Jerusalem and the Great War

World War I, the Great War, has been in the forefront of Israeli news this fall. Starting from the remembrance of the battle of Beer Sheva to the upcoming celebrations commemorating General Allenby accepting the keys to Jerusalem on the steps of the Tower of David, these events from 100 years ago have captured interest in the Israeli tourism scene.

One myth about the events of this conflict is that Jerusalem was won without a battle. One conjures up a picture of Allenby strolling up to Jaffa Gate and knocking only to find no Ottoman’s around. The subtext here is that the Ottoman’s didn’t care about Jerusalem.

The reality is very different and does not honor the soldiers who died in her defense and capture. Once again, definitions play a large role in perpetrating the myth. According to the Ottomans and the British, “Jerusalem” consisted of the Old City only. The established neighborhoods and mountains surrounding the Old City were not considered by them to be the essence of Jerusalem. These locales, however, saw fierce battles which took place on the night between December 8/9. The sites within today’s Jerusalem: Gilo, Ein Kerem, Mt. Hertzl (including the campus of Yad VaShem Holocaust Museum), Har Nof and Har Menuchot cemetery, were all battlegrounds in the fight for Jerusalem.WWI - Nebi Samuel

The logistics of these battles were difficult and required the British to transverse on foot deep valleys and sever slopes around Jerusalem with their gear at night in the rain. The Ottomans, who were expecting the British onslaught, were well situated in entrenched positions on top of the hills. Some of the Ottoman trenches survive until today and can be easily discerned. About 2000 British soldiers and an estimated larger number of Ottoman soldiers gave their lives during these battles. With the British success in capturing Ottoman positions around the Old City, the Ottomans drew back and surrendered. The holy sites within the Old City escaped armed conflict and on December 11, 1907, General Allenby accepted the keys of the city and ended 673 years of Moslem rule.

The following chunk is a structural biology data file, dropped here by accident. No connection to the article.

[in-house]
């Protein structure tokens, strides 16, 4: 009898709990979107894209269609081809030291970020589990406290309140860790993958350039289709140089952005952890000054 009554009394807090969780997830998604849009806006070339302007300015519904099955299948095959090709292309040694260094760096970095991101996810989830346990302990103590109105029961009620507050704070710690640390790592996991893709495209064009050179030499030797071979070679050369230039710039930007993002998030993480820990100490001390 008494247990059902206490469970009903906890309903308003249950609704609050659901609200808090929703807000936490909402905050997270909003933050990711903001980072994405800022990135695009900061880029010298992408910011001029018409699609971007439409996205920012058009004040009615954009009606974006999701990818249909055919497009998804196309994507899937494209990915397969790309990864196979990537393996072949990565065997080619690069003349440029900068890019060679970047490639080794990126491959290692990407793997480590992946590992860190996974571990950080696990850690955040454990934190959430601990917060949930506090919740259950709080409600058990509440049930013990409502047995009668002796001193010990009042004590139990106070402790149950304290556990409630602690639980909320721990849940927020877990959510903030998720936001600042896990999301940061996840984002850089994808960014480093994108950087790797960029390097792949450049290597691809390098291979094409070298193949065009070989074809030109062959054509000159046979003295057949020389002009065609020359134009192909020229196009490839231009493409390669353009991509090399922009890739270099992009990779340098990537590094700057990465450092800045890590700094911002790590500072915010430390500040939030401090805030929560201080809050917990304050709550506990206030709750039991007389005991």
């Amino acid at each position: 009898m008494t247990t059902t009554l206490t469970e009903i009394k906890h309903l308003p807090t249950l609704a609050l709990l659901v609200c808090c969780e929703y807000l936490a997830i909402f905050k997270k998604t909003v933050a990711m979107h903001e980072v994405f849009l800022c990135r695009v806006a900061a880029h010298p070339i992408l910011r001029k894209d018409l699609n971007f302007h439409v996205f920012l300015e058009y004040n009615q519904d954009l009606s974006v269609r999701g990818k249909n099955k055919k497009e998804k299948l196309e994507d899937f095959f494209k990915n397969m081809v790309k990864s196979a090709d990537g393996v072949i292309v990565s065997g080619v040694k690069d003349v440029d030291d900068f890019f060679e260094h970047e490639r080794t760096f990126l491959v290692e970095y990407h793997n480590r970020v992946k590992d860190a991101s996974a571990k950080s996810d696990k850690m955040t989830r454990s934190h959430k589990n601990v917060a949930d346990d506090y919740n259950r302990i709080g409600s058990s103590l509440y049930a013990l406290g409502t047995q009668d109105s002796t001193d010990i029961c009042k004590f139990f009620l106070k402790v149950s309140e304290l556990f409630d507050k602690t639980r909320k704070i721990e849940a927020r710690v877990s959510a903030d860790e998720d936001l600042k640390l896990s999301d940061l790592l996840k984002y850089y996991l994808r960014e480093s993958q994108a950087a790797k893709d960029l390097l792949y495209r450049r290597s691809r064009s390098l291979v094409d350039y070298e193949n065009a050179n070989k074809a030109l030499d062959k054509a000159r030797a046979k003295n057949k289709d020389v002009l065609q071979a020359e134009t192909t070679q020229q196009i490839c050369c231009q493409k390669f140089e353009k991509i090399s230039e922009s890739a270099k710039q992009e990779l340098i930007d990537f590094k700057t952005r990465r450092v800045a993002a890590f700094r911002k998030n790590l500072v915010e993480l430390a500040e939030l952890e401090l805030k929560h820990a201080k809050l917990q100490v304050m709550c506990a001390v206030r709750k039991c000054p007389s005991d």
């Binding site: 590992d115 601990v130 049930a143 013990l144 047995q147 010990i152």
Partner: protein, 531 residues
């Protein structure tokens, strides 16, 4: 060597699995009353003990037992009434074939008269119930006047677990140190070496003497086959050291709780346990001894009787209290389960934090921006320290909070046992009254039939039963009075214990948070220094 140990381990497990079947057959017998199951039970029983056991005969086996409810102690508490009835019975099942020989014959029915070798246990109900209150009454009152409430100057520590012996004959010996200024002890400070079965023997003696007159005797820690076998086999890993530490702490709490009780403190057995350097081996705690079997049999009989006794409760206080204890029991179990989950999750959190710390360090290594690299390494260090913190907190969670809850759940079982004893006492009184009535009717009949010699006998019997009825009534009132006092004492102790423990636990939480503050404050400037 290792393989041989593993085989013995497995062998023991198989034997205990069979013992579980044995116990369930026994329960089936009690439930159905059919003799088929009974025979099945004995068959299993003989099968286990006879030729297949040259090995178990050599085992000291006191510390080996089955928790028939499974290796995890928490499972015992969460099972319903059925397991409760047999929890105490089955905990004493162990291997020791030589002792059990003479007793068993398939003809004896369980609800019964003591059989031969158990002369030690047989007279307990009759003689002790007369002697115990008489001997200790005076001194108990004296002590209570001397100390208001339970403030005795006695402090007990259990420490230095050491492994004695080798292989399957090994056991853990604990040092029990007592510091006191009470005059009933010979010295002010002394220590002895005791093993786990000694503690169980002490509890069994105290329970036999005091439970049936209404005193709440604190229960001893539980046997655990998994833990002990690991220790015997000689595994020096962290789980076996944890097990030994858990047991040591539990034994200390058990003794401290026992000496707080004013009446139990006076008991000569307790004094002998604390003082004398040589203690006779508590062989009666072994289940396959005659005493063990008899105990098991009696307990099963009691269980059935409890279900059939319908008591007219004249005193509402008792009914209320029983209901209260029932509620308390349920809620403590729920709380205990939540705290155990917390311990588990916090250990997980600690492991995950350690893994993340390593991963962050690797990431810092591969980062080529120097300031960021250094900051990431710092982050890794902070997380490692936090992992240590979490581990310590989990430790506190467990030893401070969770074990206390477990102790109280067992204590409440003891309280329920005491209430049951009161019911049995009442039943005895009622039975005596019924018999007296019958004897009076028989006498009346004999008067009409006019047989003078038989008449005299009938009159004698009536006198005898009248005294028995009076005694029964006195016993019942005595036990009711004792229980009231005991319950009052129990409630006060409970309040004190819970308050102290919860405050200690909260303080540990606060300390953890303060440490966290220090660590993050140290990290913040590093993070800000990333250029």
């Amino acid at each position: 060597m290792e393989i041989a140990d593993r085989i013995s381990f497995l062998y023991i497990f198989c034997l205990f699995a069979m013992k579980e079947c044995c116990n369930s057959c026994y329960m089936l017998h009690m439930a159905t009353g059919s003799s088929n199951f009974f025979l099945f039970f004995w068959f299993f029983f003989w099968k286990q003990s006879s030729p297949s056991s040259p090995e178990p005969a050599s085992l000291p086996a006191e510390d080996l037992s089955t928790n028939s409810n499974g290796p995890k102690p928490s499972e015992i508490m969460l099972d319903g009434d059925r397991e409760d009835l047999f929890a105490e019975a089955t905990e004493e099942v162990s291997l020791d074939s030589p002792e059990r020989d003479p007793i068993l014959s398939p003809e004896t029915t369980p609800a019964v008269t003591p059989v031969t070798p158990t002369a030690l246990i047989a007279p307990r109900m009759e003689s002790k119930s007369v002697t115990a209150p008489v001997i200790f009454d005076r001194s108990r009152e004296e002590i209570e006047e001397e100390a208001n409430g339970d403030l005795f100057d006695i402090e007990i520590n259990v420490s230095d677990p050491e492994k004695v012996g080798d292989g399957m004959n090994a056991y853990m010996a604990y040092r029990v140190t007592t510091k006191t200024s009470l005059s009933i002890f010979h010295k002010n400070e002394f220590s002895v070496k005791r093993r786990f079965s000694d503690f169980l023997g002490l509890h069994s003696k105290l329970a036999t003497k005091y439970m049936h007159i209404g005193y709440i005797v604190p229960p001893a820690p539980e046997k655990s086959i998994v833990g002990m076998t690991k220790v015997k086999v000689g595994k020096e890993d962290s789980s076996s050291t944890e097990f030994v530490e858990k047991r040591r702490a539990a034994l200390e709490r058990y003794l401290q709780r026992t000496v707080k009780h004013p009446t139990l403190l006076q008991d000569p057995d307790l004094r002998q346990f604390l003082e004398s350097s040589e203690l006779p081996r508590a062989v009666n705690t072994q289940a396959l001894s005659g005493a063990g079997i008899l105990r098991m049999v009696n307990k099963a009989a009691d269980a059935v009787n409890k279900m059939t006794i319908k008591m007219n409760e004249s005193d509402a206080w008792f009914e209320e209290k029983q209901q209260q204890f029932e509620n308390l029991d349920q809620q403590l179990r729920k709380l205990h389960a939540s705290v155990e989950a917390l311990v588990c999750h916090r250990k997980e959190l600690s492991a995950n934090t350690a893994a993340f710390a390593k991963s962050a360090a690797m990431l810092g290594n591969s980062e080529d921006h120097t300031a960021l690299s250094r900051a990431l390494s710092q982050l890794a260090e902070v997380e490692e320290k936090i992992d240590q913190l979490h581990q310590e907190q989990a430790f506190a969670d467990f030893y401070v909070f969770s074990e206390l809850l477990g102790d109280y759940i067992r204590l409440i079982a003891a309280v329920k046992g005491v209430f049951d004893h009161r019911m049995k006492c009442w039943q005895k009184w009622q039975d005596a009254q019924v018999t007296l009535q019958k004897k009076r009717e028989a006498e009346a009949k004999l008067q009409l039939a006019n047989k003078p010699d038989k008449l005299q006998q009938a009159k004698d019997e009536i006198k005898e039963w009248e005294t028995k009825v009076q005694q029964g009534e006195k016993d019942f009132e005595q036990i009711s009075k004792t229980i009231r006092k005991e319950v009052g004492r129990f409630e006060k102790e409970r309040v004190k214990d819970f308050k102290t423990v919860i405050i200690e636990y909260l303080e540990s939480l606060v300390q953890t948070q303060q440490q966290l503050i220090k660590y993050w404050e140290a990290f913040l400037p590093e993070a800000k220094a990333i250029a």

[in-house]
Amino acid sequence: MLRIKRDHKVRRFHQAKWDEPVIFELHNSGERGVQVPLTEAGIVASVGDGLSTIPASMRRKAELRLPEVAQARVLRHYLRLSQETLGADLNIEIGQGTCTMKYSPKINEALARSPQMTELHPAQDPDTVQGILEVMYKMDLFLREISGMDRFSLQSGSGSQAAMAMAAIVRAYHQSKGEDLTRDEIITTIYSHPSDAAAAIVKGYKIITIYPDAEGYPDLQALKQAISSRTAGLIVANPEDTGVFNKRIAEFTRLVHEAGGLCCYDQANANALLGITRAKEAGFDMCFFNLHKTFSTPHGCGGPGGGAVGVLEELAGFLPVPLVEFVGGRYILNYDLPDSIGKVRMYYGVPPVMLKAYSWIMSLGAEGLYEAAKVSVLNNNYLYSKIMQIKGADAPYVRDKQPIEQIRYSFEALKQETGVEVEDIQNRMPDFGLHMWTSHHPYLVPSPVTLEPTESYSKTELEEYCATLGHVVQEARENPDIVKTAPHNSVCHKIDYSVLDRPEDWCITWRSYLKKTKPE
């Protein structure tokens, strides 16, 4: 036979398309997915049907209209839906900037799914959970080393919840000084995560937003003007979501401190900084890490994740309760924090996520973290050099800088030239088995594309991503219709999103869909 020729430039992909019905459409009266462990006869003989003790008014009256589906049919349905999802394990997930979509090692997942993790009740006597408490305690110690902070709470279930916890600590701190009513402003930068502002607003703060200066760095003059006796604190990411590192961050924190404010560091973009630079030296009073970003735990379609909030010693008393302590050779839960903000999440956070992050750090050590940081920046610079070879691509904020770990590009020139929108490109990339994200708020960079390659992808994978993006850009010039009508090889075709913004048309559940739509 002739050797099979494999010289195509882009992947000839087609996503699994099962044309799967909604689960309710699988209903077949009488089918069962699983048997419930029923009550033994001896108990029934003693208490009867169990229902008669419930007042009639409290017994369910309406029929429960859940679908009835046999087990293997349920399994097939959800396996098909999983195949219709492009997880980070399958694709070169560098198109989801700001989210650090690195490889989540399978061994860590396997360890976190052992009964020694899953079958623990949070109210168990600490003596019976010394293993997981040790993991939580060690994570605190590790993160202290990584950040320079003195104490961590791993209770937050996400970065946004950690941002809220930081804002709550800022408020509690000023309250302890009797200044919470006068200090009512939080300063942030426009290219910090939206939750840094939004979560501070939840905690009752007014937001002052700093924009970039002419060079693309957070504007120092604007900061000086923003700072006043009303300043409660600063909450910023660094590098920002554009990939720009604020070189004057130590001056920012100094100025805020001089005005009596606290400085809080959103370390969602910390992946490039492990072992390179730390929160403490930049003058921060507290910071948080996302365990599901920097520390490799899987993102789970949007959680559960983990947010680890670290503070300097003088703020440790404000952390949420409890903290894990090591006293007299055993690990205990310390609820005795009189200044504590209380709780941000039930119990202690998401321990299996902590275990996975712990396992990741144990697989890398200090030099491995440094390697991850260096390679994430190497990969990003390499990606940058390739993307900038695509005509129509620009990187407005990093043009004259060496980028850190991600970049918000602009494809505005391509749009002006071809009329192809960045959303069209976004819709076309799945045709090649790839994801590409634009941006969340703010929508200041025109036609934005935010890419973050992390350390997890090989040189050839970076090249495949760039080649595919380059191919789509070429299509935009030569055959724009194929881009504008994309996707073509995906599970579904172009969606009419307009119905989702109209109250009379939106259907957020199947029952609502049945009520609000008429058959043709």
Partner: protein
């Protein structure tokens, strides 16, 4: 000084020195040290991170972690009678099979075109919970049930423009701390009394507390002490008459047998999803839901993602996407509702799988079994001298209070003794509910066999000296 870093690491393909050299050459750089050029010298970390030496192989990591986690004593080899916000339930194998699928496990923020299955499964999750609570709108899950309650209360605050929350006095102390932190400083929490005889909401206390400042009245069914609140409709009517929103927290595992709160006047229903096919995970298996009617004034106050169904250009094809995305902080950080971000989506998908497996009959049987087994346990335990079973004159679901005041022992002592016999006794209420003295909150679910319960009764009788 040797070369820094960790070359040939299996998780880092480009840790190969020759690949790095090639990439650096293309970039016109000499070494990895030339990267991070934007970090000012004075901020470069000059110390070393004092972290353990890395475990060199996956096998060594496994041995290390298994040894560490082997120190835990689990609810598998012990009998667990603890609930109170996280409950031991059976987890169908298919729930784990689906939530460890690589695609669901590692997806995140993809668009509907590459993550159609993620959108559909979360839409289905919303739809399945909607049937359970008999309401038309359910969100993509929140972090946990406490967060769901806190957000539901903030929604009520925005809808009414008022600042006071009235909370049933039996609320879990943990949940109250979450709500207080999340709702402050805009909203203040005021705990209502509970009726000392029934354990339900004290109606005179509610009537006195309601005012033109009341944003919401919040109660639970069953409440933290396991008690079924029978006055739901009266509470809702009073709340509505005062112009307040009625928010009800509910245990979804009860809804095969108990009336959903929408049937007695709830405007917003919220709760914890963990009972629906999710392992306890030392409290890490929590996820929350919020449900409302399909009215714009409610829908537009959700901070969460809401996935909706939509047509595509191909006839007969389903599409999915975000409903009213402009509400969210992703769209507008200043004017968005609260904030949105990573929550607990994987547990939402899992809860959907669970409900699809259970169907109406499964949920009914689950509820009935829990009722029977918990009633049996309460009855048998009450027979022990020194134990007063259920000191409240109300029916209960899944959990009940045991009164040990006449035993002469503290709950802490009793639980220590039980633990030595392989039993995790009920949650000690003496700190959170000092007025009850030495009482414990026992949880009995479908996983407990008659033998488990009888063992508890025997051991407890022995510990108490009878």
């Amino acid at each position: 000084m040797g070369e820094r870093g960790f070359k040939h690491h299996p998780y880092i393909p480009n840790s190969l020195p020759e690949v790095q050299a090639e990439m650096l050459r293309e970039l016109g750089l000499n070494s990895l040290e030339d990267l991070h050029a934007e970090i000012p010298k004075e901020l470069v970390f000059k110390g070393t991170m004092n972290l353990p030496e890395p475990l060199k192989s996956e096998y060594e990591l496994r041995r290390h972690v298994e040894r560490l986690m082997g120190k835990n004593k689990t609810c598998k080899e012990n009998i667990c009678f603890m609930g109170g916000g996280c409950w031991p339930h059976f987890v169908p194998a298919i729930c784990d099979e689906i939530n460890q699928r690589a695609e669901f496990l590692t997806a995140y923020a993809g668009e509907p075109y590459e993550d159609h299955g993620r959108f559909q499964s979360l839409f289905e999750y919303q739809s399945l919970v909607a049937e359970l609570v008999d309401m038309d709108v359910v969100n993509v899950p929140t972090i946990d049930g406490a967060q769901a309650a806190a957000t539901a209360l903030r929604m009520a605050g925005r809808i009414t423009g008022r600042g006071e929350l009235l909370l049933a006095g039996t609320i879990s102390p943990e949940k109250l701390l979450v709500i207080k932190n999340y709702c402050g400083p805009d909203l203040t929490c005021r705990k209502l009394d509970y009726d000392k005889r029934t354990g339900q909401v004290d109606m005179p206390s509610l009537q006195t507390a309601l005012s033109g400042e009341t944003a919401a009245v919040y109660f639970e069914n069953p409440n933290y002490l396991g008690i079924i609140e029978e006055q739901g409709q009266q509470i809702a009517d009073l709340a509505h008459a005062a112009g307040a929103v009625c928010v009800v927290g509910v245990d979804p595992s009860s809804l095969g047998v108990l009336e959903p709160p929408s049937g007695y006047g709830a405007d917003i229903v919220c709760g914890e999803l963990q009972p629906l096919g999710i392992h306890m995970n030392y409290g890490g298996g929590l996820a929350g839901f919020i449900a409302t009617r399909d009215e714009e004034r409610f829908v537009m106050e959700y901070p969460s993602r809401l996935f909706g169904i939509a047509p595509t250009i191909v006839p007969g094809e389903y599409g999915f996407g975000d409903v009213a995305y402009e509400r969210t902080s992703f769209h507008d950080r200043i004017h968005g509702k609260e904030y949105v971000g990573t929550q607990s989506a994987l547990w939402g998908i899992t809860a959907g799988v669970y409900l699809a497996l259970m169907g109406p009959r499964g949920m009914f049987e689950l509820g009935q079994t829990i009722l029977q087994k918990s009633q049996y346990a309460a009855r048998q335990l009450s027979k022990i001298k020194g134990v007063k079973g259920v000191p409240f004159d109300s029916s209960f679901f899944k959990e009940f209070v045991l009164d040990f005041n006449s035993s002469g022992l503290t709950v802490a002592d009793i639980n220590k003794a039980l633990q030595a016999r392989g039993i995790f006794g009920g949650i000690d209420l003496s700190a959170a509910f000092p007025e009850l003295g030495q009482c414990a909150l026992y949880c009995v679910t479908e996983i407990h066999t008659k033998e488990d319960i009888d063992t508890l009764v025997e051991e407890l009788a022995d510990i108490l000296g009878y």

Jerusalem has been fought over throughout her history and 100 years ago was no different. Perpetuating the myth of an uncontested capture of the city paints a one-sided vision of the reverence the Jerusalem’s holiness. In actuality, the respect for Jerusalem’s holy places by both sides in the conflict between the Ottoman Empire and the British, is what kept the Old City out of the fray.

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